Cuban Ambassador spurns the free market for gasoline

First Published: 2005-11-11

The Free Press as a forum for the exchange of differing opinions contributes to constitutional democracy as it creates an appetite for truth. Over time it builds trust in government and institutions.

As a case in point the PetroCaribe issue has attracted numerous suggestions for reducing the cost of gasoline, some of which fail to take into consideration the role of markets in supplying products.

Even the Cuban Ambassador is quoted in a recent Tribune. His recommendation calls for government to purchase fuel from a single supplier and to "eliminate" intermediaries. (Distributors).

In other words the supply of energy to the Bahamas becomes a state run enterprise from top to bottom, eliminating the free market. Bahamians are familiar with state-run enterprise, the high cost and inefficiencies and are therefore unlikely to go along with Mr. Wilson's recommendations.

Effectively, the Cuban Ambassador draws attention to the profound differences between capitalism and markets and Marxist/communism.

Capitalism flourishes on the private property order and individual freedom. Cuba on the other hand denies its citizens the right to own property and severely limits all other freedoms, including speech and travel. It is not therefore surprising that the per capita income in Cuba is $3,000 per annum whilst the average per capita income in The Bahamas is $17,700.

Furthermore Bahamians can travel to their hearts content as their pocket books will permit, and do not require permission from any government autocrat.

The institutions of private property, the free market and the existence of money through the interrelations of supply and demand determine what is supplied and at what price. The supply of energy is no exception.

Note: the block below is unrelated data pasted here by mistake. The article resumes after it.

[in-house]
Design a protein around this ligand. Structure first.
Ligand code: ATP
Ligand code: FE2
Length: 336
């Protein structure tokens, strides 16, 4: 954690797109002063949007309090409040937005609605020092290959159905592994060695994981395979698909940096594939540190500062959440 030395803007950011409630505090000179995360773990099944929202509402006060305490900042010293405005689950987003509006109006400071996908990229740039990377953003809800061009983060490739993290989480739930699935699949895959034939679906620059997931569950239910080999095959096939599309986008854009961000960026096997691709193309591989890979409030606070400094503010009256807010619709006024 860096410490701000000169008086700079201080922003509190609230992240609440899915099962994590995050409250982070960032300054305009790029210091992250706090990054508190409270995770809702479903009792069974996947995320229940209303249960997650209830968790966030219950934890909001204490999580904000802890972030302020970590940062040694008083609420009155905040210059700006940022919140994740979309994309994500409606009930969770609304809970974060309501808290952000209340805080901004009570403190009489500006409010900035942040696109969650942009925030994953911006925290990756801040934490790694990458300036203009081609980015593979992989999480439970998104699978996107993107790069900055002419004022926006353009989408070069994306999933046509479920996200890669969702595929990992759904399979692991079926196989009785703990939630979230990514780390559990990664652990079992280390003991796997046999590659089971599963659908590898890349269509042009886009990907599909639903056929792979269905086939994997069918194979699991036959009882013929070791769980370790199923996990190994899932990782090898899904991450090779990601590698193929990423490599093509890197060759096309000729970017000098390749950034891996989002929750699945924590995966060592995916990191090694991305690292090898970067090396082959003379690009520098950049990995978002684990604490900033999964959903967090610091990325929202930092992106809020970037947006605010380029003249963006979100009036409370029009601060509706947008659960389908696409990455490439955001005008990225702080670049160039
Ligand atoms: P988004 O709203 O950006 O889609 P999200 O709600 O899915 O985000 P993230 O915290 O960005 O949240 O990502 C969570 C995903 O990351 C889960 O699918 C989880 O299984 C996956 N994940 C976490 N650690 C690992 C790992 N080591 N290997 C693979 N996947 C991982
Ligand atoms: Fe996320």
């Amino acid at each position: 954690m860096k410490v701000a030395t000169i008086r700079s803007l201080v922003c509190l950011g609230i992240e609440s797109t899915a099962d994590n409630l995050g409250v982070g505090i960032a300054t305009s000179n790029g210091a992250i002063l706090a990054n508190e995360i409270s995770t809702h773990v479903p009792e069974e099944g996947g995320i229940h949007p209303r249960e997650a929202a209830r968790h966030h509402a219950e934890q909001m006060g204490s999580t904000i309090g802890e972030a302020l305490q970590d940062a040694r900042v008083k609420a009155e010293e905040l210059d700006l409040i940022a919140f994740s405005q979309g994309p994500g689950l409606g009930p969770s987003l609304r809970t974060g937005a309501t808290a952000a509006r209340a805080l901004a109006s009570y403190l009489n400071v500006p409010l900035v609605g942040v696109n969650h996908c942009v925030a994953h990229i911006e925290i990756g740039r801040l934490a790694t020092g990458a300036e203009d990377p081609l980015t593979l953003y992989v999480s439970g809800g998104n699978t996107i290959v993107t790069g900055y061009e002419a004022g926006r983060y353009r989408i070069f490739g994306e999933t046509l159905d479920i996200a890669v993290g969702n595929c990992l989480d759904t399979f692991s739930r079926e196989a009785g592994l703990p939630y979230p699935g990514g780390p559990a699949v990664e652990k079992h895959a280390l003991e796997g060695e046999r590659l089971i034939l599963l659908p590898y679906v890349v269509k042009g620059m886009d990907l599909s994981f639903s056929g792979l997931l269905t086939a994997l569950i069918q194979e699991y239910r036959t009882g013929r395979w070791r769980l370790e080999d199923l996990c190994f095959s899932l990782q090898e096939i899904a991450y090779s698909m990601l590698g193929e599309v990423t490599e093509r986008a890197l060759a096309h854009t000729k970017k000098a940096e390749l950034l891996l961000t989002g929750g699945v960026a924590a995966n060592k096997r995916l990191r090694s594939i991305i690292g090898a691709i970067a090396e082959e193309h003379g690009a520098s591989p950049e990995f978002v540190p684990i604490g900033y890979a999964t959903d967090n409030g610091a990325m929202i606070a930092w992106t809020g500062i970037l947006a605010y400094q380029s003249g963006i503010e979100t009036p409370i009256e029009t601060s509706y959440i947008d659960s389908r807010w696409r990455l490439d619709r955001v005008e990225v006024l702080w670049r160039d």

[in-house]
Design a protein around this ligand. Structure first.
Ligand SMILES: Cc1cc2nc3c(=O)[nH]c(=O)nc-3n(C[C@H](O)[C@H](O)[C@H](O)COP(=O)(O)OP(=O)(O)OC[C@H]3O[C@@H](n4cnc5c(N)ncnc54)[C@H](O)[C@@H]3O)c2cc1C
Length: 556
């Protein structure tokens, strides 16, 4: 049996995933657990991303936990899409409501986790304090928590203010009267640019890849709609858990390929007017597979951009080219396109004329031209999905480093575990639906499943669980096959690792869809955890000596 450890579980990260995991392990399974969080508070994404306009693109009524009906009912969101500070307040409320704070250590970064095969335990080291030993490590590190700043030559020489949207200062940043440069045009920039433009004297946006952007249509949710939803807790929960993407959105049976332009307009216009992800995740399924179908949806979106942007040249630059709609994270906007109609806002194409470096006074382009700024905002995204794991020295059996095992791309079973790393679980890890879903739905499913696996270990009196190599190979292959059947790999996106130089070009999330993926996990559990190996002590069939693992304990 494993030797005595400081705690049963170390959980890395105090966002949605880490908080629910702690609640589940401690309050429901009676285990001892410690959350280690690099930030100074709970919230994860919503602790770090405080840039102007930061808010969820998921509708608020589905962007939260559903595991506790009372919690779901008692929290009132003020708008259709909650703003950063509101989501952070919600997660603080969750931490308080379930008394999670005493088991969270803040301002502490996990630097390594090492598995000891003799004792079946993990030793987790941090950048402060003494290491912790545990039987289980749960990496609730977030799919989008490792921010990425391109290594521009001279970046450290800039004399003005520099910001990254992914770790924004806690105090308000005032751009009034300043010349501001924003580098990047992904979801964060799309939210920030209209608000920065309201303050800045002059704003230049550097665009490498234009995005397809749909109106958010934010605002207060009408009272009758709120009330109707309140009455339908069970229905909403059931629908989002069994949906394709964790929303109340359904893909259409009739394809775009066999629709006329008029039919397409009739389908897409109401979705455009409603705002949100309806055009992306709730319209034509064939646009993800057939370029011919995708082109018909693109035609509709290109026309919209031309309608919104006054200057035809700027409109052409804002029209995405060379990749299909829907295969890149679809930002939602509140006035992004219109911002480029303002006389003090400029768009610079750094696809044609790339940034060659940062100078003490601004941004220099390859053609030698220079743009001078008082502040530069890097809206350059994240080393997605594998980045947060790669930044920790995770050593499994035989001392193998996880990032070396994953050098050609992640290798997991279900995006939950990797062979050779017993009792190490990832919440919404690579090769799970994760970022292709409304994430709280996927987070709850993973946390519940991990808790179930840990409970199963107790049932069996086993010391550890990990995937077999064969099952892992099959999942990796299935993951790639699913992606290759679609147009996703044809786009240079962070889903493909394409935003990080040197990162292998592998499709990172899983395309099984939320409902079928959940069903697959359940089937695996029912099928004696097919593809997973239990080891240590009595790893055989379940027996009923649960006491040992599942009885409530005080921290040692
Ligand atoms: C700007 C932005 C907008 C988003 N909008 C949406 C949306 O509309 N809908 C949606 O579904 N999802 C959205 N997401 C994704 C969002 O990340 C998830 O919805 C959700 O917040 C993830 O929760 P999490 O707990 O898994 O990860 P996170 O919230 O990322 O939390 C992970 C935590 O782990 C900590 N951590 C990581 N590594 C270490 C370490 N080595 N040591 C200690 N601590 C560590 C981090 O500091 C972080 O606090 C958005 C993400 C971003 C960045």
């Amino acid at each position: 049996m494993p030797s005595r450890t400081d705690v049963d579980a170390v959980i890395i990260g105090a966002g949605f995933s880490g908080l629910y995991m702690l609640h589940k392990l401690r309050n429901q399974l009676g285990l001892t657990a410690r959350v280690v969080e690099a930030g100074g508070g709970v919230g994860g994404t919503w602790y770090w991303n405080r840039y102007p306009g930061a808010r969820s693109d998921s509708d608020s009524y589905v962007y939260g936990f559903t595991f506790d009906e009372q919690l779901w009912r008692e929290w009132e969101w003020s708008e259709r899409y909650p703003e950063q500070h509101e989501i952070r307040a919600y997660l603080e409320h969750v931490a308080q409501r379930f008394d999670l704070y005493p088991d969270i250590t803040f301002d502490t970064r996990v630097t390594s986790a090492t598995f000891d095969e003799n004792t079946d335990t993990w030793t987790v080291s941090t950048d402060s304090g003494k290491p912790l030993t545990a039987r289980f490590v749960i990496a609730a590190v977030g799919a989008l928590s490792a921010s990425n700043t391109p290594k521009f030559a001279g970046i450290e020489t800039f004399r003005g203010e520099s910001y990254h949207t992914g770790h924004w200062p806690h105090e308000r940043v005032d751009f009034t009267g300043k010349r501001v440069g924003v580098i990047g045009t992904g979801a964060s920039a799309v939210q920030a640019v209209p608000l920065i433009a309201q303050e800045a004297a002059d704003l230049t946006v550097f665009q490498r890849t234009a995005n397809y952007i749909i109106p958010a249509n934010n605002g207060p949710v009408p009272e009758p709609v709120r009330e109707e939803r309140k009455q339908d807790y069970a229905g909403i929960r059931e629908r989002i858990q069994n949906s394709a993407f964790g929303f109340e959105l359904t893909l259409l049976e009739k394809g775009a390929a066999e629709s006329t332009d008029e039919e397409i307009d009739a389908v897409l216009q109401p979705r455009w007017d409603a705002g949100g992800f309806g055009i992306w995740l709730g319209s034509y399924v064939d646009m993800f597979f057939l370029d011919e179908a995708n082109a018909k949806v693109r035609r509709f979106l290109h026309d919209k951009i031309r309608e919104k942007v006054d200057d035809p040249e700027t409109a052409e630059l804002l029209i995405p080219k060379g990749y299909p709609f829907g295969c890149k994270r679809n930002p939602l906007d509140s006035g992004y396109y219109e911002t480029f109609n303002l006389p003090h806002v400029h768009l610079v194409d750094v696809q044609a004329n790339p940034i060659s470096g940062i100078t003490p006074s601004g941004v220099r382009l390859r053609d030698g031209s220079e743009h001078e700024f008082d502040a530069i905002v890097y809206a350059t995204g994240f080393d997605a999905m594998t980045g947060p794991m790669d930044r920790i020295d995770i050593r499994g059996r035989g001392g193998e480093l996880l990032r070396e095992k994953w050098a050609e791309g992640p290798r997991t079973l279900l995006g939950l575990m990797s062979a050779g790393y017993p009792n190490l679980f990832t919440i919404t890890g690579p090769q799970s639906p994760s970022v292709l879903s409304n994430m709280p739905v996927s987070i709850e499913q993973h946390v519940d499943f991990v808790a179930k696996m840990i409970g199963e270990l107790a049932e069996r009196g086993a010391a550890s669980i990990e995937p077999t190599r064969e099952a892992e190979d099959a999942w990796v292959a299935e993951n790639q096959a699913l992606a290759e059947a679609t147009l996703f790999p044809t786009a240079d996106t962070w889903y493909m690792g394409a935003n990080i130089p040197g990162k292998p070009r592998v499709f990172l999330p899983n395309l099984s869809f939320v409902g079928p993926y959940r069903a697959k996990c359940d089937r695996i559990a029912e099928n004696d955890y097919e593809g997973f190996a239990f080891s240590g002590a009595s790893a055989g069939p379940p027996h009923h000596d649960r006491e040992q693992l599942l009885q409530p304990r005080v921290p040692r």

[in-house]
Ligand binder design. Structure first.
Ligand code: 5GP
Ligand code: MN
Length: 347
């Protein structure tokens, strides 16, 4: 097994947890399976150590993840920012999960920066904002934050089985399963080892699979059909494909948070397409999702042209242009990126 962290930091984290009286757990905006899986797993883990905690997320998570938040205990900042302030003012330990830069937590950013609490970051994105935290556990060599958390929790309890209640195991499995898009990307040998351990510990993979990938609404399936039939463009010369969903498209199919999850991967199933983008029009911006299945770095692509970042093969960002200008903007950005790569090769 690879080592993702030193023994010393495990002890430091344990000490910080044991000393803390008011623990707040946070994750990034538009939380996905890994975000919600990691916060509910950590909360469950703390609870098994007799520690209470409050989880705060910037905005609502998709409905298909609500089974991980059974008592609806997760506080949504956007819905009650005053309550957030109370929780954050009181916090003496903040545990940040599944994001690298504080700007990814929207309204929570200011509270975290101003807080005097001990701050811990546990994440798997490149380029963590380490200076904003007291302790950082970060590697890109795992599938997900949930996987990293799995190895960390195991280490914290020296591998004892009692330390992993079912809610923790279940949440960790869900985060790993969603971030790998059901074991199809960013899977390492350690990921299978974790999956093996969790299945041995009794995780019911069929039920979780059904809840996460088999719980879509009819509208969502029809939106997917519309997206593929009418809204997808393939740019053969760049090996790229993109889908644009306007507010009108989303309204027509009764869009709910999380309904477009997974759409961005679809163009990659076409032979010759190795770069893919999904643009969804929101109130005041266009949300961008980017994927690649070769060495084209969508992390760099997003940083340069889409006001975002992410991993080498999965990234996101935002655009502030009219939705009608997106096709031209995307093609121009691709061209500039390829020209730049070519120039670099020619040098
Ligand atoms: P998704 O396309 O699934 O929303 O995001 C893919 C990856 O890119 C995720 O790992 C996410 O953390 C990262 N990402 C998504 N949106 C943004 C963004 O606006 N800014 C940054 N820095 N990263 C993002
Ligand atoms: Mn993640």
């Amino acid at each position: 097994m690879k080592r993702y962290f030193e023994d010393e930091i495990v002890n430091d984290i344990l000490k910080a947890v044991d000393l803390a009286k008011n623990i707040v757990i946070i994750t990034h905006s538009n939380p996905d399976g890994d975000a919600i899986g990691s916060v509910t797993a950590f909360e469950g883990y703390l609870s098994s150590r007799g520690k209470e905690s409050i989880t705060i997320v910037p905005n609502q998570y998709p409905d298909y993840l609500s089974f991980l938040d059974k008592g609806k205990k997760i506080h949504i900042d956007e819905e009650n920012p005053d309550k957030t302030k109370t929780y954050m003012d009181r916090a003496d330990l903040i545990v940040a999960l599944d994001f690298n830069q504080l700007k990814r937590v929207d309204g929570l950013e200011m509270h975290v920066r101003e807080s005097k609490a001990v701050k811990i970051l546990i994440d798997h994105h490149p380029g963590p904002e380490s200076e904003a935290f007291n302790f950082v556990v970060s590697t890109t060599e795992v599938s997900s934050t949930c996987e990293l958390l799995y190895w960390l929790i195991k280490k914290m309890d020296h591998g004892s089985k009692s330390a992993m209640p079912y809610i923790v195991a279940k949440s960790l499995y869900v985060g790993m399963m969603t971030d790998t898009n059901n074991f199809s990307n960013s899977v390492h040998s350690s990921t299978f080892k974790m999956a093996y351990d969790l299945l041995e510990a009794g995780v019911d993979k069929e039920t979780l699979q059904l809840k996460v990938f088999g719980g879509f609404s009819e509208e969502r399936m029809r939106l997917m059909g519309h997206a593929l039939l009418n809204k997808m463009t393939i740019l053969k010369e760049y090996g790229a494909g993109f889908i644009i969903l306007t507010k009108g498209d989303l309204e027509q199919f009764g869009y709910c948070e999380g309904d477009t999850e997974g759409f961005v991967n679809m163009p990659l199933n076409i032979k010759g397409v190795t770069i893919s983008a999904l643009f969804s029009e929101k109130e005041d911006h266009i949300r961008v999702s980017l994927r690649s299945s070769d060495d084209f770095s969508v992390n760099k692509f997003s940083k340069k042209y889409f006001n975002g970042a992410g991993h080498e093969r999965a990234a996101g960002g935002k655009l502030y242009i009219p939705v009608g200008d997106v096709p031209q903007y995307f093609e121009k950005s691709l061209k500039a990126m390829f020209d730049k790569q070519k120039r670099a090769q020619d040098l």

The Cuban dictator and Hugo Chavez have much in common. Chavez describes his plans for the Caribbean and Latin America as the "new socialism" of the 21st century. To implement his plans at home he has recently increased calls for state officials to take over private land. Soldiers have enforced some of the takeovers, at times denying owners and workers access to their land. (Christian Science Monitor).

It is not therefore surprising that by demagoguery and bad economic policy Chavez has caused 12% of the Venezuelan population to slip into extreme poverty.

The illusion of an all-powerful state producing a beautiful future was the centerpiece of Marxist policy for 70 years; it produced a type of slavery and poverty; and it ended with the fall of the Berlin Wall. Let's not listen to those who want to keep the Marxist illusion alive.

It is highly unlikely that Bahamians will be duped into a Marxist solution hoping to save a few pennies on the price of a gallon of gas.

Such compromise is so offensive to the private property order that no Bahamian should take Mr. Wilson's recommendations seriously.

THE NASSAU INSTITUTE

Help support The Nassau Institute